Physical distancing - because ‘socially’ we need to stay close!
We’re not calling it ‘social distancing’ because one thing we really need at the moment is to maintain the strong social cohesion that schools provide, while keeping some physical distance from each other. Exactly how far apart we need to be is under discussion, with some countries (notably Germany where the virus has been better controlled) suggesting less than the 2m in UK social distancing guidance.
How many people in a classroom?
The official guidance on this is somewhat contradictory. To implement effective physical distancing in a standard 56m2 classroom you can have 12 pupils sitting 2m apart or 15 pupils sitting 1.8m apart. In some countries they are suggesting that 1m is sufficient, so it seems that some degree of interpretation is required here.
Government guidance says:
“For primary schools, classes should normally be split in half, with no more than 15 pupils per small group and one teacher (and, if needed, a teaching assistant).”
15 students plus two members of staff in a classroom means it’s not possible to maintain a 2m distance, so the government seems to be saying that this smaller distance is acceptable.
Government guidance says:
“Where settings can keep children and young people in those small groups 2 metres away from each other, they should do so.”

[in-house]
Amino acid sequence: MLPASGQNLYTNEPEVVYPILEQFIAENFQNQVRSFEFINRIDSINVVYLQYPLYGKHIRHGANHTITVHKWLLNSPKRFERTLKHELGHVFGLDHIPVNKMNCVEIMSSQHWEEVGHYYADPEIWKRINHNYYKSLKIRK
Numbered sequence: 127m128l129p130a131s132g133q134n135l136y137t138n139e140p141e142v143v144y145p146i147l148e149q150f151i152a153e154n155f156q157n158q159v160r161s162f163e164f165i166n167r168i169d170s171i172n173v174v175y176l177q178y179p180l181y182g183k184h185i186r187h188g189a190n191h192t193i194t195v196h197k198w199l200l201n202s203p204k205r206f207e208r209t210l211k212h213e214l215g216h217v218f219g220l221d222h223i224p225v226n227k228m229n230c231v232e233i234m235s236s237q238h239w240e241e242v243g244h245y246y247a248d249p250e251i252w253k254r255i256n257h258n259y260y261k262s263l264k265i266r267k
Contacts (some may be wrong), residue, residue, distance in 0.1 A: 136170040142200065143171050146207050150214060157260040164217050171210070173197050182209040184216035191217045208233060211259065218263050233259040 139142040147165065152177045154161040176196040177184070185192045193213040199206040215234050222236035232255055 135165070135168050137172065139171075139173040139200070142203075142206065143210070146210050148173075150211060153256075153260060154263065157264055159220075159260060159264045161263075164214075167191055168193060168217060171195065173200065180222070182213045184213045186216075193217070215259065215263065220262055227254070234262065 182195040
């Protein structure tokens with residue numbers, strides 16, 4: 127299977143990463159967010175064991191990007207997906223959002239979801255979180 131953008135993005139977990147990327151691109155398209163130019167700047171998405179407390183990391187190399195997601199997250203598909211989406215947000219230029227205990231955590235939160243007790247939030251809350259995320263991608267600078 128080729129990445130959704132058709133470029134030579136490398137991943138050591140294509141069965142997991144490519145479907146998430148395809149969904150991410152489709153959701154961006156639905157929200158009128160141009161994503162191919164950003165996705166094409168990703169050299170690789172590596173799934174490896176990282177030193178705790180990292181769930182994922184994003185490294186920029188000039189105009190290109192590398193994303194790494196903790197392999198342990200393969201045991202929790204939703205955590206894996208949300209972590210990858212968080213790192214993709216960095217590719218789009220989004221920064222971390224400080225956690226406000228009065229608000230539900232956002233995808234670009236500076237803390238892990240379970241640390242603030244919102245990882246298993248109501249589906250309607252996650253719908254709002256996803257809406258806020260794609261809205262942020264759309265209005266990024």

They also acknowledge that younger pupils probably won’t be able to maintain a consistent distance from each other but they are ‘taking this into account’ in the decision to bring these younger children back to school.
The science is pretty clear on this
While the guidance seems to offer some flexibility on exact distances and recognises that it’s not feasible for very young children, some measure of physical distancing in classrooms is necessary. Fewer people in the room means less vapour being exhaled which reduces the chance of contracting the virus, as long as these spaces are well ventilated, people are not sitting close together and you don’t stay in them for extended periods of time. The science is pretty clear on this; enclosed, densely populated spaces facilitate virus transmission, so that’s what you need to avoid. Walking past someone isn’t too much of an issue, provided they don’t cough or sneeze on you, but sitting next to them for a long time is. Being outside reduces the risk of transmission because there is a larger volume of air into which the virus can dissipate, which is why certain outdoor activities are now permitted while indoor leisure facilities remain closed, so ventilating indoor classrooms is important
It’s also worth pointing out that putting plastic screens between desks is not going to help, despite what some unscrupulous furniture manufacturers may tell you, so you can abandon that idea, you need to reduce the number of people in the room.